Clinging to the cliffs at St Abbs

Kittiwake looks down on guillemots and razorbills assembled on a guano covered platform on the cliff

For three days running I perched on the narrow ridges atop steep spurs of rock running out from St Abbs Head into the sea.  The cliffs below and facing me and the tops of isolated stacks were carpeted with nesting birds.  The upper airs were torn by kittiwakes looping in and up to their mates.  Below, the stubby auks, guillemots and razorbills, with fast wings, flew in and out from sea surface to cliff face.  There was constant, compelling noise, the rising and falling crescendo of the guillemots’ harsh croak, the kittewake’s onomatopoeic greetings as they returned to the nest and the threatening cackling of the sweeping watchful herring gulls.

This was my opening sketch, in pencil on cartridge paper.  I was seated awkwardly looking along the side of a rocky spur, close enough the draw partly by eye, partly using the telescope.

4 responses to “Clinging to the cliffs at St Abbs

  1. What incredible art. Your work has greatly influenced my decision to begin painting and sketching from the photographs I have taken. I especially appreciate what it must take to do some of those sketches in the field! wow!

    • I’ve just been to look at your site again. Your photographs of wildlife are just stunning.

      I am really honoured by your comment.

      I am not presuming here to offer advice but reflecting on my own experience. I do take photos, really nothing like as good and professional as yours. However, I learned that drawing is very different. I no longer take a proper camera with me because otherwise I focus (excuse the pun) on getting good shots. I do however sometimes take quick aide memoire photos with my phone, even through the telescope, but these are technically poor and simply help in later building on the sketches. I often find points of interest in these simple shots that I missed when drawing, like the heron’s reflection and tracery of the foreground plants in the recent canal pictures. Even so, I start with the drawing.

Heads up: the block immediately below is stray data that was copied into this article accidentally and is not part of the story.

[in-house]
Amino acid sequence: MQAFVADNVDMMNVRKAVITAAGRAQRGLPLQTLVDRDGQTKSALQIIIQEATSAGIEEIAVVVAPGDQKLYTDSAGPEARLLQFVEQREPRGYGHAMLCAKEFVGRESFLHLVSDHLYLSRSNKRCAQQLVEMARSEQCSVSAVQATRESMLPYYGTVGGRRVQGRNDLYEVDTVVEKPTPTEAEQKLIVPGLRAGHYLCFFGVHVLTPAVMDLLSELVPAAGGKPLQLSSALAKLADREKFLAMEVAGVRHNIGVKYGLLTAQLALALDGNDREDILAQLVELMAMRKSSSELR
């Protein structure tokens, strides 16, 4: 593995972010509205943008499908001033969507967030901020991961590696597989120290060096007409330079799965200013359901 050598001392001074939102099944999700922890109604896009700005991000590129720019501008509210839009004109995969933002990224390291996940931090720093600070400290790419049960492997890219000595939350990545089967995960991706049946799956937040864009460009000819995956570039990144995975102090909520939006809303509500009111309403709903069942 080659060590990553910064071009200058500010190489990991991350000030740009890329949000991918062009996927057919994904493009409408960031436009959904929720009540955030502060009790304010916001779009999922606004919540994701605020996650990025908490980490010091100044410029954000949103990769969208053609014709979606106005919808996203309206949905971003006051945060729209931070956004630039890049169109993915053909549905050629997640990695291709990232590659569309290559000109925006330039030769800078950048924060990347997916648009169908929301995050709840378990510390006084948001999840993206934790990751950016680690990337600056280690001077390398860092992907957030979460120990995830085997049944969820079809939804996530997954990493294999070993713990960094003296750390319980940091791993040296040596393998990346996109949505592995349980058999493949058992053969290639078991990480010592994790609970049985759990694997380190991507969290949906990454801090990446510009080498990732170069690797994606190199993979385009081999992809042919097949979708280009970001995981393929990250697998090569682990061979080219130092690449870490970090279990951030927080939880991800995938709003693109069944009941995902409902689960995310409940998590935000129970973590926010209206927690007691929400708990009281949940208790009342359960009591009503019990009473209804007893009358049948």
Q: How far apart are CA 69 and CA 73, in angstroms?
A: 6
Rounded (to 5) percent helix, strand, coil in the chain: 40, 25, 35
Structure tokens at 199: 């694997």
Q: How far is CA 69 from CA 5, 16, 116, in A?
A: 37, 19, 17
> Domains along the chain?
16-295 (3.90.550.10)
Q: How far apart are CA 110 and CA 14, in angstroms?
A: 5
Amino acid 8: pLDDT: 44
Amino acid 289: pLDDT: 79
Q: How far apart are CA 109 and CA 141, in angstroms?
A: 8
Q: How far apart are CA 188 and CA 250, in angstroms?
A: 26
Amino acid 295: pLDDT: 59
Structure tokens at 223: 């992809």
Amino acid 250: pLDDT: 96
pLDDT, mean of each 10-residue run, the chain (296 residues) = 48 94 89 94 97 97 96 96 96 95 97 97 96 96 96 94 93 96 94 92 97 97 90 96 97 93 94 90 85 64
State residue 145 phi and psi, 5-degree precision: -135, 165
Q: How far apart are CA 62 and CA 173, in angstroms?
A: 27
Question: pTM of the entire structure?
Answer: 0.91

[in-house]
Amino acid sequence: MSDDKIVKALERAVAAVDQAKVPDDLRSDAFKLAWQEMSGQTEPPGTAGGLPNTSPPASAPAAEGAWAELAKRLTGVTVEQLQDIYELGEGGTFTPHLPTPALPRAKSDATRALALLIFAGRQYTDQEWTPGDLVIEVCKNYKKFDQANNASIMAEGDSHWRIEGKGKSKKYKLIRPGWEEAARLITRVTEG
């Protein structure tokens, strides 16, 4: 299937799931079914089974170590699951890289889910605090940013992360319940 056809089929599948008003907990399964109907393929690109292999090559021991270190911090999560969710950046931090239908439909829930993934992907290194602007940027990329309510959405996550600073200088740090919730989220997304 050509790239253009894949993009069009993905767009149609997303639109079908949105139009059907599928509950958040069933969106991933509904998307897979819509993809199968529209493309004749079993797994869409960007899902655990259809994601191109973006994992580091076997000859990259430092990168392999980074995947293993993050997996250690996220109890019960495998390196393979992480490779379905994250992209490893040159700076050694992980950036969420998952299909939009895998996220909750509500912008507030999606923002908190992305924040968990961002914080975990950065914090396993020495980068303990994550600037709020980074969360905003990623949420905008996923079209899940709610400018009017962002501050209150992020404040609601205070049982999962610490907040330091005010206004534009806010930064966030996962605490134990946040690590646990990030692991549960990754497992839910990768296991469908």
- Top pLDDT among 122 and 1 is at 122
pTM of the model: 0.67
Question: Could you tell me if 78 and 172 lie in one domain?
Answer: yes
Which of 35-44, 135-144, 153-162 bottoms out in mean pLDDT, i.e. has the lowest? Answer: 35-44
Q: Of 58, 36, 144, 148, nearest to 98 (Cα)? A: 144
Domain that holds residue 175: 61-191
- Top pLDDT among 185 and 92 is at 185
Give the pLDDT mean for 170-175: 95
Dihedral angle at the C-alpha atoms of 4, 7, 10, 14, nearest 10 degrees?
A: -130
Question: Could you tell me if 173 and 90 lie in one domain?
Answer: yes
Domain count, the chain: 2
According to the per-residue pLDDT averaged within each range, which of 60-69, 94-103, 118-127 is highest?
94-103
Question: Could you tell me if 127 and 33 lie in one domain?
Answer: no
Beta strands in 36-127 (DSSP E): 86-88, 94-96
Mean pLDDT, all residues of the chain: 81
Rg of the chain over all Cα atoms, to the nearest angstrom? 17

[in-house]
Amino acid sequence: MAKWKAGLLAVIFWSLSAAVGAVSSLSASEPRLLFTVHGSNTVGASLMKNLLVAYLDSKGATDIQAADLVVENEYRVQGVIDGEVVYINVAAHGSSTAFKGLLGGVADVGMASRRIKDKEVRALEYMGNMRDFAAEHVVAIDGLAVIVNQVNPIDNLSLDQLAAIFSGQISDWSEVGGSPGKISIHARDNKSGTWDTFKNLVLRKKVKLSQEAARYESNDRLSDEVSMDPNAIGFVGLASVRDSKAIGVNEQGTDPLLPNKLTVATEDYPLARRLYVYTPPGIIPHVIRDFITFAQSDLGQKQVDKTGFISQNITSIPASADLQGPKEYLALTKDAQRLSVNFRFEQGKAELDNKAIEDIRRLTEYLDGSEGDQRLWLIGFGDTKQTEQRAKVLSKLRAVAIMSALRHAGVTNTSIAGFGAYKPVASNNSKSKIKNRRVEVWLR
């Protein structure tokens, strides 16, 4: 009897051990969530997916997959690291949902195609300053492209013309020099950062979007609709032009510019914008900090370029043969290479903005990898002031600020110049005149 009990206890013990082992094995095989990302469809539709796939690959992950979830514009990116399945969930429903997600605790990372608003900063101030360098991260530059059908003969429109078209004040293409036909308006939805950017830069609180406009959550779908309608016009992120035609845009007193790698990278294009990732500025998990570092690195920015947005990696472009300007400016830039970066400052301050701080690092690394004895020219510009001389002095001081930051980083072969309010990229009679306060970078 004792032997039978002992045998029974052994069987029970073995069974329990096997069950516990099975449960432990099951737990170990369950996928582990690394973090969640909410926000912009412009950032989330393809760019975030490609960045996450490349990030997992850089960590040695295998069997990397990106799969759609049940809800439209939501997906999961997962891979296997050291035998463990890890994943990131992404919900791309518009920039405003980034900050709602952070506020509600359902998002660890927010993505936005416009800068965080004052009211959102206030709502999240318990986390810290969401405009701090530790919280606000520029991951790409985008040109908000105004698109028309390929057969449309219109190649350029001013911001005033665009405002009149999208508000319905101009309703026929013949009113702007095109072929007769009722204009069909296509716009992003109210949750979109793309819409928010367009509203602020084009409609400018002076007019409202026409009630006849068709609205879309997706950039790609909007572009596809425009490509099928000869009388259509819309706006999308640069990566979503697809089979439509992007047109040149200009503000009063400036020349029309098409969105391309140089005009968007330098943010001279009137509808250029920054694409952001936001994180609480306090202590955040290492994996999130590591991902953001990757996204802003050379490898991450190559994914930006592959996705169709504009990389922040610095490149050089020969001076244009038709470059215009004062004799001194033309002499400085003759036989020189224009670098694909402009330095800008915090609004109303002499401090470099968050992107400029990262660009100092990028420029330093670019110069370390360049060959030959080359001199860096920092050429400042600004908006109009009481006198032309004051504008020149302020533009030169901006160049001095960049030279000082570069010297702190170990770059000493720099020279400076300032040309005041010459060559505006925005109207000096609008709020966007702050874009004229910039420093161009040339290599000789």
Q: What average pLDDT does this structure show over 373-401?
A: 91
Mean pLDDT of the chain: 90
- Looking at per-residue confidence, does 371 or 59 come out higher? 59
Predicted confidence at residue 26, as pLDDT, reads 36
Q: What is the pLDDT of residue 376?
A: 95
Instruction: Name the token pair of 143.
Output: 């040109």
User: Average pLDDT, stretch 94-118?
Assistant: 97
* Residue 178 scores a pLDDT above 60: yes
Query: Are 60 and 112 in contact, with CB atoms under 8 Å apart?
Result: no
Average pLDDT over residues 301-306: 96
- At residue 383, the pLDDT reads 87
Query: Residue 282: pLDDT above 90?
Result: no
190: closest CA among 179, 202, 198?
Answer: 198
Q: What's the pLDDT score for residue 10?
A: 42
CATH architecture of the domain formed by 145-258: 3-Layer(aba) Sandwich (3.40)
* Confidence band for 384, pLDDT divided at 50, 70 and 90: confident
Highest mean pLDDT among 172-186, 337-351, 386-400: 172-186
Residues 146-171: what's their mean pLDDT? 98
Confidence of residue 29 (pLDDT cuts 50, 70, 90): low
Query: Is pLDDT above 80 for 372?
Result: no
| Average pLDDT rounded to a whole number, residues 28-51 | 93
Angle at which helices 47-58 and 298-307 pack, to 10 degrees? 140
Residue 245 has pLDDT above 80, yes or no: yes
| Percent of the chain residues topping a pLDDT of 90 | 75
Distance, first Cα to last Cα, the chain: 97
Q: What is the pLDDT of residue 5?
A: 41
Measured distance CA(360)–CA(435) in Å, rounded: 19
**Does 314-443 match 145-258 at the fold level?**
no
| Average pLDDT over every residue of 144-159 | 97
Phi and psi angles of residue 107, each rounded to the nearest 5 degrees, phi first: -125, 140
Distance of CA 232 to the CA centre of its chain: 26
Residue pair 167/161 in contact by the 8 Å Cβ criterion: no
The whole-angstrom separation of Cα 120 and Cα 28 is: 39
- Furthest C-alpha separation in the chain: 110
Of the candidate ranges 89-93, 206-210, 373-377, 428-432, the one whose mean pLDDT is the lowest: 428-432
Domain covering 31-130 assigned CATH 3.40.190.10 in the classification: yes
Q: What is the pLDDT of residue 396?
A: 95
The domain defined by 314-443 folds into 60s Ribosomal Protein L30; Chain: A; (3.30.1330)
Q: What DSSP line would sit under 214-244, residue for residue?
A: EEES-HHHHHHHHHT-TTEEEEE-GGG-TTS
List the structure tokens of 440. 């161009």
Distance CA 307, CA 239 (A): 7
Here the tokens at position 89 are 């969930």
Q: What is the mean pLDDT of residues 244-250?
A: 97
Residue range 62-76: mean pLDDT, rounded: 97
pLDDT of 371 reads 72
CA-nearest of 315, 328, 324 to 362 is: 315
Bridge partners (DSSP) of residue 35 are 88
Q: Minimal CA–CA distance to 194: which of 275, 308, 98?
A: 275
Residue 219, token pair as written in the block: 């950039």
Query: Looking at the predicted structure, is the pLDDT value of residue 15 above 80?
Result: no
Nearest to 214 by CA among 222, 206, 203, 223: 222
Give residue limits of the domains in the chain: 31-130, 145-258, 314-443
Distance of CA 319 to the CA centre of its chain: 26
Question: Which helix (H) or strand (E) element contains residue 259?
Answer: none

I think the cognitive process in drawing and photography are different although perhaps the motivation is the same. Faced with the awesome scale and beauty of the natural and built worlds, it is a way of responding and making sense of it all. I know you draw from your own photos. Similarly, I realised some years ago that it feels sterile to work from other people’s “reference photos”, however beautiful. Now, though, I am reluctant even to work from my own photos unless I attempted some kind of sketch on site at the same time, because the thought processes are so different.

      This is very much a personal view and a cause of much frustration.

      • Thank you so much for sharing your process with me. I am definitely going to set aside some nature time to feel and sketch the setting. I always wonder what an artists process and thoughts are when working through.
        Your pieces stir great emotion within. Such that I have not felt with very much art in the past.
        Thank you for sharing some of yourself with all of us.

Leave a Reply

Fill in your details below or click an icon to log in: Logo

You are commenting using your account. Log Out /  Change )

Facebook photo

You are commenting using your Facebook account. Log Out /  Change )

Connecting to %s